The PEOPLE, etc., respondent, v. Elton SMITH, appellant.
Appeal by the defendant from a judgment of the Supreme Court, Nassau County (Honorof, J.), rendered April 4, 2007, convicting him of attempted assault in the first degree, reckless endangerment in the first degree, criminal use of a firearm in the second degree (two counts), criminal possession of a weapon in the second degree, criminal possession of a weapon in the third degree, criminal mischief in the second degree, and criminal mischief in the fourth degree, upon a jury verdict, and imposing sentence.
ORDERED that the judgment is affirmed.
On February 1, 2006, the defendant came home early from work to find the victim hiding in the closet of the defendant's bedroom while the defendant's girlfriend was lying on their bed. The evidence adduced at trial established that the defendant took a handgun out of his night stand and pointed it at the victim, threatening to kill him if he did not exit the home. The victim left the home and, as he was driving away, the defendant came outside and started firing the gun at the victim from his driveway, the front yard, the sidewalk, and the street. Four bullets struck the victim's vehicle without injuring him.
The defendant argues that the trial court erred in failing to instruct the jury on the defense of justification with respect to the counts of the indictment charging him with criminal possession of a weapon in the second degree, criminal possession of a weapon in the third degree, reckless endangerment in the first degree, criminal mischief in the second degree, and criminal mischief in the fourth degree. The defendant's argument in this regard is unpreserved for appellate review (see CPL 470.05; People v. Williams, 38 A.D.3d 577, 578, 833 N.Y.S.2d 515). In any event, the trial court properly refused to charge the defense of justification with respect to the weapons possession charges (see People v. Pons, 68 N.Y.2d 264, 508 N.Y.S.2d 403, 501 N.E.2d 11; People v. Almodovar, 62 N.Y.2d 126, 476 N.Y.S.2d 95, 464 N.E.2d 463; People v. Johnson, 30 A.D.3d 439, 817 N.Y.S.2d 340). Moreover, any alleged error with respect to the charges of reckless endangerment and criminal mischief was harmless since the jury, by convicting the defendant of attempted assault in the first degree and two counts of criminal use of a firearm in the second degree, for which the justification charge was given, necessarily rejected the claim that he reasonably believed he was justified in shooting at the victim's vehicle (see People v. Hewitt, 258 A.D.2d 597, 598, 685 N.Y.S.2d 745; People v. Ellison, 175 A.D.2d 846, 847, 573 N.Y.S.2d 202).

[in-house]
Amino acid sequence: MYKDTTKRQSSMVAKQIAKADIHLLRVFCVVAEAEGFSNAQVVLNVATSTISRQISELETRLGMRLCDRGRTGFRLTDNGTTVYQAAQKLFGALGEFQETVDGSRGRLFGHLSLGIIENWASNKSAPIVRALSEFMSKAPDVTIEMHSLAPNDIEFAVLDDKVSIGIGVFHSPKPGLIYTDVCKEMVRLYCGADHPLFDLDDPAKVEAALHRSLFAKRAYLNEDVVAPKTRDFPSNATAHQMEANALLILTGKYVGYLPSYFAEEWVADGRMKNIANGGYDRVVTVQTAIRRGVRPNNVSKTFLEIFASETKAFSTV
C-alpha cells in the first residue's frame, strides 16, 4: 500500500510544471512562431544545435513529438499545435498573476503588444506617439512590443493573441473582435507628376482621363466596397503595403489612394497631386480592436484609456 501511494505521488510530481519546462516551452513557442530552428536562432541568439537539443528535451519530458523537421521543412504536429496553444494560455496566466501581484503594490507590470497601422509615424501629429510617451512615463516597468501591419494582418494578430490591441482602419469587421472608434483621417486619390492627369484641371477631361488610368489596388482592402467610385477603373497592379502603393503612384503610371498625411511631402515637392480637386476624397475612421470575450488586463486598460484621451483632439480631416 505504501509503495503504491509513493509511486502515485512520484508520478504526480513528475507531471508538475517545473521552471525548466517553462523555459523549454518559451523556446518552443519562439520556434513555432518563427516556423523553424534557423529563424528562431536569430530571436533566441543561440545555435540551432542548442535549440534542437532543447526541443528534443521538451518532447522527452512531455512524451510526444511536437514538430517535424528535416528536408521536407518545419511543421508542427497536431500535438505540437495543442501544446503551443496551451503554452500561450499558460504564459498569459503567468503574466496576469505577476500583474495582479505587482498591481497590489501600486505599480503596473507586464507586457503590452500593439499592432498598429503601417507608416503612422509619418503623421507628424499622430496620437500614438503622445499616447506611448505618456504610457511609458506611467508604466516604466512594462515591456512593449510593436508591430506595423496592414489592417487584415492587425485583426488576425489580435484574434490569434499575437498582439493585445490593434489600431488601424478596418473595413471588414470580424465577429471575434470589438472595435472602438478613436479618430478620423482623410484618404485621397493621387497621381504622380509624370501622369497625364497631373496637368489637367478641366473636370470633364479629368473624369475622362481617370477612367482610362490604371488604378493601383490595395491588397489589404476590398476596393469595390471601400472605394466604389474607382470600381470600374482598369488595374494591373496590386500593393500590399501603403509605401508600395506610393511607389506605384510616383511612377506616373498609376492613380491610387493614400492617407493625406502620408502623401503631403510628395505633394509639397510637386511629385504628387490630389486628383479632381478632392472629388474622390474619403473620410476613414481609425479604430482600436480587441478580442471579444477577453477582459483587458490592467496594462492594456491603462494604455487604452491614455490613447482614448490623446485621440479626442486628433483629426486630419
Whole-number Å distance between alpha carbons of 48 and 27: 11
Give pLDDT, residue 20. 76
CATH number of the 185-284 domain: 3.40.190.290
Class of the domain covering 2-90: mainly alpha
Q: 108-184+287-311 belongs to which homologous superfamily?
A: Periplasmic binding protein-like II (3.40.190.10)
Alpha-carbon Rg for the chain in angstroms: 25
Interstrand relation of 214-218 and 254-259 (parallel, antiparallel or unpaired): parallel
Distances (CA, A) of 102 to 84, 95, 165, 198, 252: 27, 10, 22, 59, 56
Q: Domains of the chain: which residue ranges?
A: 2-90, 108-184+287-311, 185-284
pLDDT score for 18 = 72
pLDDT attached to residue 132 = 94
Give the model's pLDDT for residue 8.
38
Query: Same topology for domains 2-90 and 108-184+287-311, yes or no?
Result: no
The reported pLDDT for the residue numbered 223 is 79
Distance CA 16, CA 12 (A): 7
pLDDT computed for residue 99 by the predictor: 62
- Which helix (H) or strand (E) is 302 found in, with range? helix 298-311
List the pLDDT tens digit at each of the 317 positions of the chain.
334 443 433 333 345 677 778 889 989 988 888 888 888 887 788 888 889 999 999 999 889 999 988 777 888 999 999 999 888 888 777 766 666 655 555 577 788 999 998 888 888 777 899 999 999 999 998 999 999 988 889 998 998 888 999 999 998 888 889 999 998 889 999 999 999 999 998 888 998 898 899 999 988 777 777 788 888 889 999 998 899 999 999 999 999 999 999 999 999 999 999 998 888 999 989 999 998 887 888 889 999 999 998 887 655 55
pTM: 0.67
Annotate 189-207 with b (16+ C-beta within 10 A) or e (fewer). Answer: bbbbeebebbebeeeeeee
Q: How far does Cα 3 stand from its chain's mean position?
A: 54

Contrary to the defendant's contention, the trial court properly refused to charge, as part of the law of justification, that the defendant did not have a duty to retreat, as the shooting took place on his driveway, the front yard, the sidewalk, and the street, places that were not his “dwelling” by virtue of the fact that he did not “exercise[ ] exclusive possession and control over the area[s] in question” (People v. Hernandez, 98 N.Y.2d 175, 183, 746 N.Y.S.2d 434, 774 N.E.2d 198; see Penal Law § 35.15[a][i]; People v. Gaines, 229 A.D.2d 448, 645 N.Y.S.2d 510).
Additionally, we find no error in the trial court's refusal to charge that the defendant's possession of the gun was lawful and temporary, since “the evidence [is] utterly at odds with any claim of innocent possession” (People v. Reality Way, 304 A.D.2d 844, 845, 757 N.Y.S.2d 880, quoting People v. Williams, 50 N.Y.2d 1043, 431 N.Y.S.2d 698, 409 N.E.2d 1372).
The sentence imposed was not excessive (see People v. Suitte, 90 A.D.2d 80, 455 N.Y.S.2d 675).